Shedding the Student Government label
Within the next few years, leaders of WBUL, USF’s student-run radio station, hope to be free from Student Government.
SG took control of the station in 2003 to provide it with more resources and technology. Prior to this, WBUL was a student organization with an operating budget that never exceeded $8,000. Since SG took over, WBUL’s operating budget has increased dramatically. On Tuesday, the SG senate allocated it $124,527.
So why do some members at the station want to cut ties?
“We’re trying to avoid the Rupert Murdoch syndrome,” music director Jake Tremper said. “If SG controlled the Oracle, there would be all kinds of things called into question. Our battle cry has been, ‘We’re the voice of the student body, not the Student Government.'”
David Armstrong – an SG adviser to the Agency Review Board (ARB), a group that oversees the different SG agencies, – said separating wouldn’t be a smart move.
“They had a limited amount of equipment and a limited amount of space; now they have a lot more resources. Now they can hire people, which they were not allowed to do before; all of them were volunteers. So there are obvious benefits of being with SG,” he said. “SG doesn’t get involved with the day-to-day operations of the station. It’s not like they have someone down there constantly saying, ‘Do this’ or, ‘Don’t do that.’ We don’t try to micro-manage them.”
WBUL acknowledges it’s still years away from possibly gaining independence, but hopes it’s sooner rather than later.
“If it were to happen tomorrow, then the station would fold,” Tremper said. “We don’t have the advertising base right now. But we want to be independent in the long run. We’re a media outlet, so of course we want to be as independent as soon as possible.”
Former Interim Station Director Angela Granese, who had been at the station before and after SG took over, resigned last week following what she described as a biased process to appoint a new station director. The ARB, an SG group headed by student body President Maxon Victor, was responsible for picking a new WBUL leader. When it opted for a WBUL outsider instead of Granese, who had been at the station since 2002, many of the 60 students who work at the station were irked. More frustrating, they said, was that WBUL was not allowed any input in the process.
“That gave us a reason to go and push for it,” Granese said. “It made us think, ‘Maybe we should do this on our own if this is how it’s going to be.'”
Armstrong agreed with Granese’s reasoning.
“From my perspective, it seems like that’s the case, because there’s been no real push to become independent until this point,” he said.
Jen Brack, also an adviser to SG, understands the station’s frustrations but doesn’t think it’s a good idea to separate – at least not in the near future and not because of this particular incident.
“Their concerns are legitimate,” Brack said. “And I think that they’ve been very happy being connected with SG up until this recent situation, so I’m not sure that pulling out of SG is necessarily the best thing. I’d hate to see a rash decision. I think it’s something that really needs to be looked into before that’s considered.”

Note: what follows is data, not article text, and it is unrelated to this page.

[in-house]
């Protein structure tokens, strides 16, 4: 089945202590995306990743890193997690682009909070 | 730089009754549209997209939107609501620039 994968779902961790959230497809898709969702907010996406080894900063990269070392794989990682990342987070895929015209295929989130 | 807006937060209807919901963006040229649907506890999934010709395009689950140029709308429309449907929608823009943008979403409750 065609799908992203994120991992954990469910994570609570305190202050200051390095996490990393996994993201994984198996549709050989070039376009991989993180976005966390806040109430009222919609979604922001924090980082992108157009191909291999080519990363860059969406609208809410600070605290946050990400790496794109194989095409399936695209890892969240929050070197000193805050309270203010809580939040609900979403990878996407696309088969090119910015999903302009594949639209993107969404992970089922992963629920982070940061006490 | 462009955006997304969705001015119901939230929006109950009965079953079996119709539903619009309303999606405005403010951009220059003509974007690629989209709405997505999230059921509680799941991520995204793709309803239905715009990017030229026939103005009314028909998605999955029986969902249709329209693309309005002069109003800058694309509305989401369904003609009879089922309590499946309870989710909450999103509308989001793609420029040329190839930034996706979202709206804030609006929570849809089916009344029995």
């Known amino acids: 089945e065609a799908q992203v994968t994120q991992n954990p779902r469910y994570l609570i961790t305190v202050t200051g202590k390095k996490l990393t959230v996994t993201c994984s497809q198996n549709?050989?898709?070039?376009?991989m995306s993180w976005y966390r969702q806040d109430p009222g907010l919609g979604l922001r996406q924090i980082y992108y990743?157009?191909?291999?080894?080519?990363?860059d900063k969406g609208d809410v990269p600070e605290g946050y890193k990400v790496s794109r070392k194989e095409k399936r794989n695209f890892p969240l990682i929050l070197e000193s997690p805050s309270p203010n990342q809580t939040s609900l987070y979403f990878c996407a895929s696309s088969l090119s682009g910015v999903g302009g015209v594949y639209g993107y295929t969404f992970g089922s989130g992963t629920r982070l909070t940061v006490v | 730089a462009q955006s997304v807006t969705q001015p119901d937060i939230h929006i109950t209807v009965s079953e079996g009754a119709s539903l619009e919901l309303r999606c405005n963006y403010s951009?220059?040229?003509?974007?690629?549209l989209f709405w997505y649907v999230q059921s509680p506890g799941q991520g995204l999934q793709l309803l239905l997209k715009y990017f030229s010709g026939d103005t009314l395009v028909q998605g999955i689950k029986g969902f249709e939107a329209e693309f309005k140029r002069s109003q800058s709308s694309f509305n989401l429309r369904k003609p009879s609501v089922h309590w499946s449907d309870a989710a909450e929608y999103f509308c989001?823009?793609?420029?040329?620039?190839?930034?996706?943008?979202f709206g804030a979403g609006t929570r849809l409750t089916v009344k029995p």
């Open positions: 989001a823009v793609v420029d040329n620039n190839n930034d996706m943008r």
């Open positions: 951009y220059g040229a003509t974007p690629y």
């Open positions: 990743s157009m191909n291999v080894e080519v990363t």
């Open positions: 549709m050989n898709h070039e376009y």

WBUL has a high turnover rate because its employees are students. Tremper said that might hinder the station’s quest to separate from SG.
“A lot of times someone will have a vision and we’ll work toward it, then that person graduates and we kind of take a few steps back,” he said.
In response, leaders from WBUL requested that SG hire a graduate assistant so there’s always somebody who will be there. According to Armstrong, who said funding has been approved to hire for the next fiscal year, the graduate assistant will only advise, not manage or run the station.
“It will be someone who has some experience in broadcasting, probably from the mass communications department, and will be a 20-to-30 hour presence at the station,” he said. “It should help them be more effective.”
While a fear of becoming a puppet for SG is not a realistic concern for Tremper, he saw backlash from some in SG when a few WBUL employees posted flyers around campus viciously criticizing SG after the station director controversy. Part of the flyer read: “This is our protest against a broken system, a system riddled with inconsistencies, shady policies and failed logic. … If SG can make such decisions for us without us, what’s stopping them from doing the same to you?”
According to Granese, Armstrong yelled at her and told her Victor could fire her if he wanted because of the flyers. Armstrong later apologized to Granese for the manner in which he scolded her, but not for what he said.
“I thought it was an unprofessional way of handling the situation,” he said.
As far as any free speech concerns WBUL may have, Armstrong said the station shouldn’t be worried.
“Within FCC guidelines and in some rational context, they can say whatever they want. The issue becomes not so much the protest of the policies of SG, but the bashing of SG,” he said, referring to the flyer incident, among other things. “We want to hear their opinion, just not like that.”
WBUL, which operates in the lower level of the Phyllis P. Marshall Center, has been on the air since 1988. According to Brack, the move to SG has improved the station tremendously.
“Their growth has been exponential in that time,” she said. “But in the end, if they feel like they’d be better as an independent station, then I would be open to that conversation because I want them to be successful.”